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The GCLA Way

Our Views on Roster Protection

From its inception, the GCLA has brought forth some innovative
rules in the area of roster protection. But what exactly is
roster protection, and why is it so important?

First, you must look at the layout of our league. We have
several teams based in one city, Houston. With our league's
expansionist philosophy, that situation could become more
common in the years to come.

Also, one must accept the theorem that a majority of players
on any one club team could, if solicited effectively enough,
be lured away from their team to join another. In my experience,
very few players have been totally "dyed-in-the-wool" for
their favorite club team. Just as every man has his breaking
point, and every man has his price, every player has his

What happens in this situation? That is an easy question to
answer from my own past experiences.

My first year in club lacrosse in the Houston area was 1986.
The team I first played for was not noted for being very strong,
but they had a lot of pluck. One of the things that kept coming
back to me was that the top-tier clubs in the league would
recruit their top players away from them every offseason.
This would not only feed the top teams and thus perpetuate
their "reign", but it would also keep the lower team from ever
improving. This had a devastating impact on the morale of
that club, and by 1989 the club was gone.

When I first started Houston-Metro in 1989 I discovered just
what they meant. I took recruiting seriously and worked very
hard at it. Within 2-3 years I had the pleasure of suiting up
some very talented people. The only problem was, the more established
teams thought so also.

Now, I can't follow my guys around 12 months out of the year,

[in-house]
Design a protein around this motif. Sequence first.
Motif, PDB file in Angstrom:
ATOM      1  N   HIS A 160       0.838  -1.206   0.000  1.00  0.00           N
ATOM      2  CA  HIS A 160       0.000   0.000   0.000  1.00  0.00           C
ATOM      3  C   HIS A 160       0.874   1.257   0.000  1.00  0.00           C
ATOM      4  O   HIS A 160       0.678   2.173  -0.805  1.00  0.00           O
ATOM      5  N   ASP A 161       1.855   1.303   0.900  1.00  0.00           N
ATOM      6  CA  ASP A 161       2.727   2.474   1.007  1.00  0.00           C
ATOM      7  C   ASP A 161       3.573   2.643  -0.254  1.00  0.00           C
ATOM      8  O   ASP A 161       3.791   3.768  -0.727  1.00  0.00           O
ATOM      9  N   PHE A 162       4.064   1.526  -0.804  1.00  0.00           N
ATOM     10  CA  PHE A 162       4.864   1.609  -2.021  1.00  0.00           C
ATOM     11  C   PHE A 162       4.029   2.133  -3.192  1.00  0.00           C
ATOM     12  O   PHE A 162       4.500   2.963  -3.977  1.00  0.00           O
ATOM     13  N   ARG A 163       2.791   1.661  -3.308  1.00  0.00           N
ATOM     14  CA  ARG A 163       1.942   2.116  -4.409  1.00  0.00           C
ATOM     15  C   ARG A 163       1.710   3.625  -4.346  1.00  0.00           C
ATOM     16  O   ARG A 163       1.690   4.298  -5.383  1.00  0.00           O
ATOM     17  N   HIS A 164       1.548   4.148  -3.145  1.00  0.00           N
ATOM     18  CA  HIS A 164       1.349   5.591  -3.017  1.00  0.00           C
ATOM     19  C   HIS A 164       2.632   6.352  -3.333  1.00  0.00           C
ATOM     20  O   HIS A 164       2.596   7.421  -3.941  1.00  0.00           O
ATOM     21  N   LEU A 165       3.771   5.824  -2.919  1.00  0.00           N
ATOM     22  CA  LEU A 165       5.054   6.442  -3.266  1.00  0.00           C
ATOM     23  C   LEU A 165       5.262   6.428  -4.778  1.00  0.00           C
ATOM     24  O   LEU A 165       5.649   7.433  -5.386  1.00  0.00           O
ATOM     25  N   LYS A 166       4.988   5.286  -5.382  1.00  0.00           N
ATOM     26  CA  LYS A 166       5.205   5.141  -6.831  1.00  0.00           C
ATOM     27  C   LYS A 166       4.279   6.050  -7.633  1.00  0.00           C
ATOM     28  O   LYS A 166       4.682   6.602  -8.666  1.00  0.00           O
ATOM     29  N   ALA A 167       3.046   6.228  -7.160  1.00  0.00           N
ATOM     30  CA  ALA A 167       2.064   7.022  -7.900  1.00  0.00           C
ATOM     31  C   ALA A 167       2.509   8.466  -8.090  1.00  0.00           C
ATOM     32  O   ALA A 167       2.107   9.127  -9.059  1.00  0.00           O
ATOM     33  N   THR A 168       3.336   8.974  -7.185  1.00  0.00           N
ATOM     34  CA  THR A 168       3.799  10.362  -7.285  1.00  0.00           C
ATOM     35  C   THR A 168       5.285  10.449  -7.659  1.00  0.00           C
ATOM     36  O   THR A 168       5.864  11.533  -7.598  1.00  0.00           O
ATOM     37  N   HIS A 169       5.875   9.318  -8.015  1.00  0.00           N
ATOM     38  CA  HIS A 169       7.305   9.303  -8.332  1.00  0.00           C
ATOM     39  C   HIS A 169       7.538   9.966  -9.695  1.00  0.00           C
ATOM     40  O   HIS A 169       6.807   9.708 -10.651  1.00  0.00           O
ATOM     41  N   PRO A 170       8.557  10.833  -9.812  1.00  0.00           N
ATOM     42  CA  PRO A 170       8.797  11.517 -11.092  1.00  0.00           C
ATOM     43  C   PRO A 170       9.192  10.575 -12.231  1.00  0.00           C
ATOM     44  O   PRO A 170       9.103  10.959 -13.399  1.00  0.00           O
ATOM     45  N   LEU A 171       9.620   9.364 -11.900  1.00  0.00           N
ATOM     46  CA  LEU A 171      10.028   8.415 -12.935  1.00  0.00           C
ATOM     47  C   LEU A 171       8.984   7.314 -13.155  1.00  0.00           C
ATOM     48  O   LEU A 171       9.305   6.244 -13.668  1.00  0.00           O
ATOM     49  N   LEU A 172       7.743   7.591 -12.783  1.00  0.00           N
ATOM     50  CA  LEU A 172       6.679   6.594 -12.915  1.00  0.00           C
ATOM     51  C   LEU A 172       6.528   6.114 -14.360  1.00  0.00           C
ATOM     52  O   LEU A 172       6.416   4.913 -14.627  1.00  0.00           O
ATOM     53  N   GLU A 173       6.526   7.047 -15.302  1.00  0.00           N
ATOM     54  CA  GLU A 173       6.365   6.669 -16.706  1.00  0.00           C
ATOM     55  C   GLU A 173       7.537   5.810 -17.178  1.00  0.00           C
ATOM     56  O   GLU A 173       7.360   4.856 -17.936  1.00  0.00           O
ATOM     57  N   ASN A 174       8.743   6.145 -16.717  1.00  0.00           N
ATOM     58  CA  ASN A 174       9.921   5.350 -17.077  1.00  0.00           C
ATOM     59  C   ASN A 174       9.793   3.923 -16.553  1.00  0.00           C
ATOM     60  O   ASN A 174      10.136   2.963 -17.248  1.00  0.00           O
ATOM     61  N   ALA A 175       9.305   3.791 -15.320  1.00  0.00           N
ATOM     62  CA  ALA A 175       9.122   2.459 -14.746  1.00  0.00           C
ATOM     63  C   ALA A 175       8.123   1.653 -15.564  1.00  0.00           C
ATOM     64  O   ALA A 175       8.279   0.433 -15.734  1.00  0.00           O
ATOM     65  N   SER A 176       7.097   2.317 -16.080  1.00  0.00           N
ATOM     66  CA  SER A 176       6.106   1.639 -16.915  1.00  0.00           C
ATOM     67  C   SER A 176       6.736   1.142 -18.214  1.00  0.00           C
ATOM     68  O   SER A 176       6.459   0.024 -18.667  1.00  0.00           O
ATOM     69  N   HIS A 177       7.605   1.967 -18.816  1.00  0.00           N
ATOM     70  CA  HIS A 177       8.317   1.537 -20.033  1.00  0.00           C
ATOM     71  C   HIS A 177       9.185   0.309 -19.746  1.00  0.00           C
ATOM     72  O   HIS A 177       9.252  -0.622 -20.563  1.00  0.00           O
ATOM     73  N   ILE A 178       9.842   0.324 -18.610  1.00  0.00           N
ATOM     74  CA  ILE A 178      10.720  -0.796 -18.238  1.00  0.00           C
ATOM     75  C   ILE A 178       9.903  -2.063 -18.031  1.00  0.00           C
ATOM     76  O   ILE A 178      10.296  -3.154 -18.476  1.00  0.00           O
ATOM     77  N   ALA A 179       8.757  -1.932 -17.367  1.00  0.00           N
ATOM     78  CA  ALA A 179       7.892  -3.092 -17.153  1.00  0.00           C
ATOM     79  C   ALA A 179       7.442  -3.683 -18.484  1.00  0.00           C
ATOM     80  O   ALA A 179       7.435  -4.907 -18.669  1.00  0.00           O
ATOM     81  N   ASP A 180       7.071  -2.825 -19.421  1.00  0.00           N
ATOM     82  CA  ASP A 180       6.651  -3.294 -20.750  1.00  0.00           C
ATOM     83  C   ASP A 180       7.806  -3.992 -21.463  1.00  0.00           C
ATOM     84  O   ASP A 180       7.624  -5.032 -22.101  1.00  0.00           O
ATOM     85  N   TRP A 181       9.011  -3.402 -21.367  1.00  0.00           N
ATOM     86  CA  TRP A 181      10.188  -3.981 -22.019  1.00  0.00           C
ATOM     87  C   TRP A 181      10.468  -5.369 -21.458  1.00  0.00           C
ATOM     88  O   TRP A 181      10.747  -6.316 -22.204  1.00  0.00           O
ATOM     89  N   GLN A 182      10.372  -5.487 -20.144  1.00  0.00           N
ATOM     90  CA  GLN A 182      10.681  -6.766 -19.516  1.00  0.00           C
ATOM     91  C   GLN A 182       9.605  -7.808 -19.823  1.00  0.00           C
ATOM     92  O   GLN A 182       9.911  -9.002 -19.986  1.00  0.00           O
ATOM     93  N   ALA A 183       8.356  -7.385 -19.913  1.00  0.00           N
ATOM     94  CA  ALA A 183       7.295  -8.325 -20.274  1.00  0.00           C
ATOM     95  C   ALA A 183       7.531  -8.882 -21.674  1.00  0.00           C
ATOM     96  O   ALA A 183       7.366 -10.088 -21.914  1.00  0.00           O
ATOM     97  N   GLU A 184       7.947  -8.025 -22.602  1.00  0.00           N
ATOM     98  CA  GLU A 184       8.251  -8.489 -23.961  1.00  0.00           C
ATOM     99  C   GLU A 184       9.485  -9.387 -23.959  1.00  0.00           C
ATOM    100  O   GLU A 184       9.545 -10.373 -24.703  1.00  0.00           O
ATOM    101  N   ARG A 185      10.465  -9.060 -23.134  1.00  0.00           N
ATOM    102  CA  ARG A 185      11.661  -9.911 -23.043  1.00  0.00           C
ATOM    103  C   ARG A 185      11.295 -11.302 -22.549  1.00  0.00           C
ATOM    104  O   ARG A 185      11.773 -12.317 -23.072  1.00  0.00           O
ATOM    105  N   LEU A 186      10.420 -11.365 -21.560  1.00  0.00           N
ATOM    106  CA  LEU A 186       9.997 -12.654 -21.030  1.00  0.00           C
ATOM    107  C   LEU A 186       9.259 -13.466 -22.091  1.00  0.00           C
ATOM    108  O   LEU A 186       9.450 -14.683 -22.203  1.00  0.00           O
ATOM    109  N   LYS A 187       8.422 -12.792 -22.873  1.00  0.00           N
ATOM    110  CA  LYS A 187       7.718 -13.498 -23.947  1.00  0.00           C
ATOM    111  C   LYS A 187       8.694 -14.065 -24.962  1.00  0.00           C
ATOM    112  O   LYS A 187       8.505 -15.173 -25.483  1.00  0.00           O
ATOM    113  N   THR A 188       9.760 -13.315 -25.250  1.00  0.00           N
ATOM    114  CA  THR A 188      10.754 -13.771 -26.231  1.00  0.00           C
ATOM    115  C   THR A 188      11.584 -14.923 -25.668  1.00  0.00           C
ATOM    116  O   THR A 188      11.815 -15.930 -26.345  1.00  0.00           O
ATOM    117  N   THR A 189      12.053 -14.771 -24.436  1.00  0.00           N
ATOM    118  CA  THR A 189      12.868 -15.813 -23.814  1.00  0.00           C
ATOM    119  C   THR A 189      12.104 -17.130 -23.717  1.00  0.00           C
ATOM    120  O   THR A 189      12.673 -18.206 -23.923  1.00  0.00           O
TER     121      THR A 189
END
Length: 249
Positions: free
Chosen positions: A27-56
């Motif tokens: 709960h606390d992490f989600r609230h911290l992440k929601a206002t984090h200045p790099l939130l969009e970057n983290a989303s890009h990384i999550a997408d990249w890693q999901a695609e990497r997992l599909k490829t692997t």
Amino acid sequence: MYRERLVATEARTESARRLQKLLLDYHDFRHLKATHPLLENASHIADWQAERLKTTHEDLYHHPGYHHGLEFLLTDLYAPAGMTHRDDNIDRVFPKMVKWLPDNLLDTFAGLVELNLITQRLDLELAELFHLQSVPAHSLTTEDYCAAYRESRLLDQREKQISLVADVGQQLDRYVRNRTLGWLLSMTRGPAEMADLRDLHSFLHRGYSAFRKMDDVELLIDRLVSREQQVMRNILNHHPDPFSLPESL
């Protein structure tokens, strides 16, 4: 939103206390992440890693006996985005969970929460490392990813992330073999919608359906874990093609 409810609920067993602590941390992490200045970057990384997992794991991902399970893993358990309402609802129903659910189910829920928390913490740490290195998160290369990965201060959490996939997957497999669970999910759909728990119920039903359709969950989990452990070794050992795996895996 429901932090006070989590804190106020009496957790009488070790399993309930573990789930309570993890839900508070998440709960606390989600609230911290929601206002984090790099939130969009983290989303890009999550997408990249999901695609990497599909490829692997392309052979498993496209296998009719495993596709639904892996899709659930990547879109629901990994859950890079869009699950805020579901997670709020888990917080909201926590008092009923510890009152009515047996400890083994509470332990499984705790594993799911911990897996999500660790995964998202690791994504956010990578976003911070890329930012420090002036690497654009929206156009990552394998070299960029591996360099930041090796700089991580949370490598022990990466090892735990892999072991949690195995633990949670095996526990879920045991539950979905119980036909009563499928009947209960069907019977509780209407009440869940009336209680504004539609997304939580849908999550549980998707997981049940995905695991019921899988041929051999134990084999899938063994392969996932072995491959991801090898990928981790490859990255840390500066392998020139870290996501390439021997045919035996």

24 hours a day. However, when a top-level club decides he
wants your studs, there are many things they can do.

The one thing the top clubs would tell these players is "Why
wait 3 years to win when you can come over and join us, and win
right now?" That was tough, especially when it was usually 
four months later that I would finally discover that I had
lost these players. By that time they were snug as a bug with
their new club!

There was never any point in complaining. My response was to 
just recruit harder. There wasn't any law against it anyway.
Still, as the top level teams stayed on top, my club seemed
to fall just a step short of them, usually at the hands of my
former players!

Some would say that there is nothing wrong with this sort of
"Athletic Darwinism". If blood-thirsty competition is what
your league is all about, I guess this would make perfect sense.

Still, there is little doubt that this type of predatory recruiting
can have a frustrating, demoralizing effect on a club over
the course of several years. It can also cause significant
erosion of league morale as well, as I saw the number of club
teams in that league drop dramatically over a period of years.

So, when the GCLA was formed in 1995 we decided to try something

Being one of the more established clubs in this new league,
Metro now found itself at the top of the totem pole. Still, I
did not want any of our new teams to suffer the same fate that 
we had for several years. In other words, if one of our new teams
did a good enough job recruiting to merit a championship-
level effort, than they would be rewarded for it. In no way
was Metro to be allowed to do to them what other teams had done
to Metro.

Basically, what the league decided was this: That a player can
leave from one club to another during the offseason. However, 
that move must be unsolicited and of the player's own initiative.
To further reduce suspiscion, the team gaining the player had
to notify the team losing the player within 48 hours, just to
give the losing team one last chance to talk him out of it.

One may ask, "How can you possibly enforce this?" Well, its
easier than one might think. If a club were to attempt to
sway another player over to them, but failed, than that player
would have knowledge of that attempt. It has so far been
a tremendous deterrent, as problems have been few.

Many times players have switched teams within our league,
but complaints about predatory recruiting have been almost nil.
As a result, a club can use its own initiative and ingenuity
to bring new recruits onto their team without the fear that
Metro or any other team will come in and steal them.

Another thing that this does is that it FORCES the clubs to
roll up their sleeves and find new players. Like most big
cities, Houston has far more experienced lacrosse players
than are currently playing. This increases the number of
players in the league and allows the league to grow.

One other thing that this sort of roster protection does is
that it forces us to respect each others' teams, their players,
and their recruiting efforts. This has no doubt fostered a
great deal of goodwill among our membership.

In a league that is designed to expand and grow, we have found
that roster protection is an absolutely essential element.